Remembering Richard Wagamese
I remember seeing Richard Wagamese speak. He spoke about how libraries change lives. About how when he was experiencing homelessness, the local library was his refuge. How the librarian took him to see an opera. Many tears were shed while he spoke – not by him, but by the people in the room. Happy, sad, confused, frustrated, empathetic – there was a whole range of emotion in the room, and he spoke to them all.
I think often about the concept of reconciliation, and how many of our public institutions, including libraries, are part and parcel of colonial ideologies. I think often about how the value and importance of oral histories are trumped by the perceived privilege and precedence of the written word. And how indigenous knowledge and epistemologies are often left out of our public discourses. Is reconciliation truly achievable when we continue to live, work, play and learn in the very social structures and institutions founded within colonial systems?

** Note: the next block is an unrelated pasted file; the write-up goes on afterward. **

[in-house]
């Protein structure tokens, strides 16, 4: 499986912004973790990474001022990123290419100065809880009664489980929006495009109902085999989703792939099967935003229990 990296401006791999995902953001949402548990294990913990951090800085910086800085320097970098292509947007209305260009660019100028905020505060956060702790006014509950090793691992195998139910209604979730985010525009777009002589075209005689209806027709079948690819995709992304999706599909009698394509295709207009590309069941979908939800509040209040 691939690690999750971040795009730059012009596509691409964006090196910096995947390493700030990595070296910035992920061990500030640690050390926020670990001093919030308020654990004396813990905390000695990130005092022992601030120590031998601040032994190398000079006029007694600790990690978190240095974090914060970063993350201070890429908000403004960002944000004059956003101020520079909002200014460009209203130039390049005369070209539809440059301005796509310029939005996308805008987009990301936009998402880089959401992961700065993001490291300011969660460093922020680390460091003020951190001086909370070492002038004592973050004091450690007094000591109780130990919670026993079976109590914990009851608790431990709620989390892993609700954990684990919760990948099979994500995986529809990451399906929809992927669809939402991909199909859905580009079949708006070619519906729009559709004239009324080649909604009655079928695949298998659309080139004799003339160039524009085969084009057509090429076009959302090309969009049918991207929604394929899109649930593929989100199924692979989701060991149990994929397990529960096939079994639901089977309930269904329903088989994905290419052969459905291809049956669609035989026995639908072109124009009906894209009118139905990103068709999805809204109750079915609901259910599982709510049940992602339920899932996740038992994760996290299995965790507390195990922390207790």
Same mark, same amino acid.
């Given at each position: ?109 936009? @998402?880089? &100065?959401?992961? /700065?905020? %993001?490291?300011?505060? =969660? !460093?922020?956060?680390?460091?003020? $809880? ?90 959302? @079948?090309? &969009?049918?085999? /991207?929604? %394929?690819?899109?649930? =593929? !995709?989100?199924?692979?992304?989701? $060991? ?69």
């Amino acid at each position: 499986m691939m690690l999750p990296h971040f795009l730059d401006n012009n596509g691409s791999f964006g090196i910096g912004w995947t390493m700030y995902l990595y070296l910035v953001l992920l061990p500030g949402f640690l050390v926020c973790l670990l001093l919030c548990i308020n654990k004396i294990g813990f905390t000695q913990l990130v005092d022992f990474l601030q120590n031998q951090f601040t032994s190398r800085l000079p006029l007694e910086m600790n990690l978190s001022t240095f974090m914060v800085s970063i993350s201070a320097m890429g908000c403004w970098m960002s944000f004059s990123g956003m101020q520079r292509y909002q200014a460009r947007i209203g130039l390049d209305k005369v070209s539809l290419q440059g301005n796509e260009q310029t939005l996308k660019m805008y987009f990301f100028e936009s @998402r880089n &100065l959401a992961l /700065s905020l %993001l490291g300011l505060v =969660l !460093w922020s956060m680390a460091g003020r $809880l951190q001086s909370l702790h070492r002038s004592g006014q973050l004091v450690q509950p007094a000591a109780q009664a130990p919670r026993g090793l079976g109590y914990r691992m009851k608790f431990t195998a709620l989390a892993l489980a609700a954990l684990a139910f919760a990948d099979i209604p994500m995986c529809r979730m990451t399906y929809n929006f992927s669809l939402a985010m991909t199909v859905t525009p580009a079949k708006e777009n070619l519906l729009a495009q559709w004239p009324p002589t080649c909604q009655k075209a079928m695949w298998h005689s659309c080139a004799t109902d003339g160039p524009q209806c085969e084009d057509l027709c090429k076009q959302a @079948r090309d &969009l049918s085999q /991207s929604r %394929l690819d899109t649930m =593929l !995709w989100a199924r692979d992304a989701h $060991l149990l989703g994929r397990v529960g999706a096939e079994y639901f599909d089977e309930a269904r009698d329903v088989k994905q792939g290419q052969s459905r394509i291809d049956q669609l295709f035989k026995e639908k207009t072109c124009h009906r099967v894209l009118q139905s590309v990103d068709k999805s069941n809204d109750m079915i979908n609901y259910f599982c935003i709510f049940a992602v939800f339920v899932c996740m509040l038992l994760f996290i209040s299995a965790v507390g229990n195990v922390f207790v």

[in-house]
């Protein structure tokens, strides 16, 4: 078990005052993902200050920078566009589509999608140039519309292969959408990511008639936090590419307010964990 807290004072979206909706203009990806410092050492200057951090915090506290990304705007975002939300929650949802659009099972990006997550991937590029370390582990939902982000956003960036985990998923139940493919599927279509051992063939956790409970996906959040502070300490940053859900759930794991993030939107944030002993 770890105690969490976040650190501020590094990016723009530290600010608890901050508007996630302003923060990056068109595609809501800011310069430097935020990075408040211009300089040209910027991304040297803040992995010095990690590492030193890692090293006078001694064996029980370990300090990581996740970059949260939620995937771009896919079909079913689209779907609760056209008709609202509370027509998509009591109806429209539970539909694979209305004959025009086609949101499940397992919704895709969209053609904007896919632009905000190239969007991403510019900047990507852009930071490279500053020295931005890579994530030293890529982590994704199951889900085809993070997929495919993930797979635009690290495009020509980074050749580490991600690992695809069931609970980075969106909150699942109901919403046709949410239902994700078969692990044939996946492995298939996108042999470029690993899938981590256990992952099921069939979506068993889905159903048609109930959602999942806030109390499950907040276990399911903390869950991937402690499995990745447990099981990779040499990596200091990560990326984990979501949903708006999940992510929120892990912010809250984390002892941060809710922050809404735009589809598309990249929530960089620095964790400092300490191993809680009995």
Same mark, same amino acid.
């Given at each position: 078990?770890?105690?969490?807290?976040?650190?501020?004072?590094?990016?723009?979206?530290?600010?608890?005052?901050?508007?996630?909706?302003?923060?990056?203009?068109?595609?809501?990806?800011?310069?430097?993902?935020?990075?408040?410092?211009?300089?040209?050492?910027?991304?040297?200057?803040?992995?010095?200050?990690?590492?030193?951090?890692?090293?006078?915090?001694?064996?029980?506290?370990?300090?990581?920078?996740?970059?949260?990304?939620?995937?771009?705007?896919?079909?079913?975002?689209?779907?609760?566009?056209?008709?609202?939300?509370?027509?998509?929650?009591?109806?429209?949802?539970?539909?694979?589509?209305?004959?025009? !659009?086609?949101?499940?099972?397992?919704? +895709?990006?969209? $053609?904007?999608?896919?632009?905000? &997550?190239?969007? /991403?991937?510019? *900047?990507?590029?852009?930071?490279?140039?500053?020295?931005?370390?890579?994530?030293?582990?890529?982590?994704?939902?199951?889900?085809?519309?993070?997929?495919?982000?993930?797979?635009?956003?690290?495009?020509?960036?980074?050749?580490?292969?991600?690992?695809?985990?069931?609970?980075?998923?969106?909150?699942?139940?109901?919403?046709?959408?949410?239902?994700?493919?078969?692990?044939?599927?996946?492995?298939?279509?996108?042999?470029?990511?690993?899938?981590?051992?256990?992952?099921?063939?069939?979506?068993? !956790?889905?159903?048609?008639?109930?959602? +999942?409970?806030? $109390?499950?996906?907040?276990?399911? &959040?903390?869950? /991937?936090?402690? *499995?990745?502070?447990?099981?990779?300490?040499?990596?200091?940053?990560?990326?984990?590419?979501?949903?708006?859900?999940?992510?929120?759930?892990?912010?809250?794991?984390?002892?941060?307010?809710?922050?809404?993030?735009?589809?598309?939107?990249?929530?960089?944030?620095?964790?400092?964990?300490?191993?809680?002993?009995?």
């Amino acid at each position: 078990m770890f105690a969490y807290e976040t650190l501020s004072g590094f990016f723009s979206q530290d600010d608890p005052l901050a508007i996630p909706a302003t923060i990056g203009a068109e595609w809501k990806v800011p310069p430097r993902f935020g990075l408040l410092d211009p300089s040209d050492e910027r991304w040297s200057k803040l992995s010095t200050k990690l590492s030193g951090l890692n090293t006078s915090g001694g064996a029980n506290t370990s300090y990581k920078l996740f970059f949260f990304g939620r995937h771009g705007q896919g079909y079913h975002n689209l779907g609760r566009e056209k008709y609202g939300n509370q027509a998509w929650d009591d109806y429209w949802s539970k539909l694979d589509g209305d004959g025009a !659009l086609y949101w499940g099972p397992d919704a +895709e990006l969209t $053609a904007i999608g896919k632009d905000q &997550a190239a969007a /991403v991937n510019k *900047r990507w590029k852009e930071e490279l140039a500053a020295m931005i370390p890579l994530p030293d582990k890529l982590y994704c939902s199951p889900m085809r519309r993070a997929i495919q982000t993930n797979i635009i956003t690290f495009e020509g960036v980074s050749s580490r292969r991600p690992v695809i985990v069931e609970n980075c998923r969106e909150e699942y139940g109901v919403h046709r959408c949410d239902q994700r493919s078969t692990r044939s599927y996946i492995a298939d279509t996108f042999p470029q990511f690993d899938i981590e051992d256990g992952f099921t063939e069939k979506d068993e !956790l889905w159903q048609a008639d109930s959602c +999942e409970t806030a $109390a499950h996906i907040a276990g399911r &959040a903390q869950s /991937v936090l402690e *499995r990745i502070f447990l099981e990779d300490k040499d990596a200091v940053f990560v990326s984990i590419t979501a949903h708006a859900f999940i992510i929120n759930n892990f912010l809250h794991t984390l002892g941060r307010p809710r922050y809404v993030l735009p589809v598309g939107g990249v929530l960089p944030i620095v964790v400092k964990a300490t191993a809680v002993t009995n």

Richard gave me hope that day. I still don't know what reconciliation looks like, exactly, but watching Richard speak gave me a glimpse into what it could be. Reconciliation starts with relationship building. And getting to know someone means trying to understand "where they're coming from" – what they think, how they think, and why they think that. I will never hear Richard speak again, but perhaps you can come to know a little bit of that person, and the gift he had for connecting with people, through his written work.
Perhaps your road to reconciliation will start here.